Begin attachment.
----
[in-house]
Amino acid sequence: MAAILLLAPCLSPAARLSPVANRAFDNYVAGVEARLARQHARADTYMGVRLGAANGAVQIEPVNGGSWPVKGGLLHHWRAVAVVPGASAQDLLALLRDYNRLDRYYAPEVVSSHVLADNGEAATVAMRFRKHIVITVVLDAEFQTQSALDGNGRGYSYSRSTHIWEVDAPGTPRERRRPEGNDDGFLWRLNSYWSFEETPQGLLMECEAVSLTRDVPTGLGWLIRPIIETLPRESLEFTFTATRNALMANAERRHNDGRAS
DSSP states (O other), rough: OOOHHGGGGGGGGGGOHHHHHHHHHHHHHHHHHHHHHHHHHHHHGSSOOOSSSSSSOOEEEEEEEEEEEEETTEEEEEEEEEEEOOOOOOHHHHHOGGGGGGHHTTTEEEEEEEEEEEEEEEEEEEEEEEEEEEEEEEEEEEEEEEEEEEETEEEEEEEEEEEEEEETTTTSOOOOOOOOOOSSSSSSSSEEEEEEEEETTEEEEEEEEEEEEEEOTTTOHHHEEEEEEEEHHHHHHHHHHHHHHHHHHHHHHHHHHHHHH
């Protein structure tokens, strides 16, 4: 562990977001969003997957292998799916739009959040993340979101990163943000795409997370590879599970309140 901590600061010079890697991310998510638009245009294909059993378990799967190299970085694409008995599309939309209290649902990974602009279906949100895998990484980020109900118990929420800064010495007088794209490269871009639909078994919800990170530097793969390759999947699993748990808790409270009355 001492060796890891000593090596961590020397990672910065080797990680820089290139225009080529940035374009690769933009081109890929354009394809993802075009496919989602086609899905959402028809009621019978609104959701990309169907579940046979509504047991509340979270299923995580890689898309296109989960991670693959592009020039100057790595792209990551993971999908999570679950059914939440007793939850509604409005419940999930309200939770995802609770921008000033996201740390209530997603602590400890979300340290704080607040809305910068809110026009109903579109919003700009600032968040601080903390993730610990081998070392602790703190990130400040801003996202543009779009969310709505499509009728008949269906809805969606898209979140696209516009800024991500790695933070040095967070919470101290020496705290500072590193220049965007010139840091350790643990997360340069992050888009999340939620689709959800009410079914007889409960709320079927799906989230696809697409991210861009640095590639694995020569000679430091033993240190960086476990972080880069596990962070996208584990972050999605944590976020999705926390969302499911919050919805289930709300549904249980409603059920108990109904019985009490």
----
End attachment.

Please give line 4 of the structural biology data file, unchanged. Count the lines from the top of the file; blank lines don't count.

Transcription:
């Protein structure tokens, strides 16, 4: 562990977001969003997957292998799916739009959040993340979101990163943000795409997370590879599970309140 901590600061010079890697991310998510638009245009294909059993378990799967190299970085694409008995599309939309209290649902990974602009279906949100895998990484980020109900118990929420800064010495007088794209490269871009639909078994919800990170530097793969390759999947699993748990808790409270009355 001492060796890891000593090596961590020397990672910065080797990680820089290139225009080529940035374009690769933009081109890929354009394809993802075009496919989602086609899905959402028809009621019978609104959701990309169907579940046979509504047991509340979270299923995580890689898309296109989960991670693959592009020039100057790595792209990551993971999908999570679950059914939440007793939850509604409005419940999930309200939770995802609770921008000033996201740390209530997603602590400890979300340290704080607040809305910068809110026009109903579109919003700009600032968040601080903390993730610990081998070392602790703190990130400040801003996202543009779009969310709505499509009728008949269906809805969606898209979140696209516009800024991500790695933070040095967070919470101290020496705290500072590193220049965007010139840091350790643990997360340069992050888009999340939620689709959800009410079914007889409960709320079927799906989230696809697409991210861009640095590639694995020569000679430091033993240190960086476990972080880069596990962070996208584990972050999605944590976020999705926390969302499911919050919805289930709300549904249980409603059920108990109904019985009490």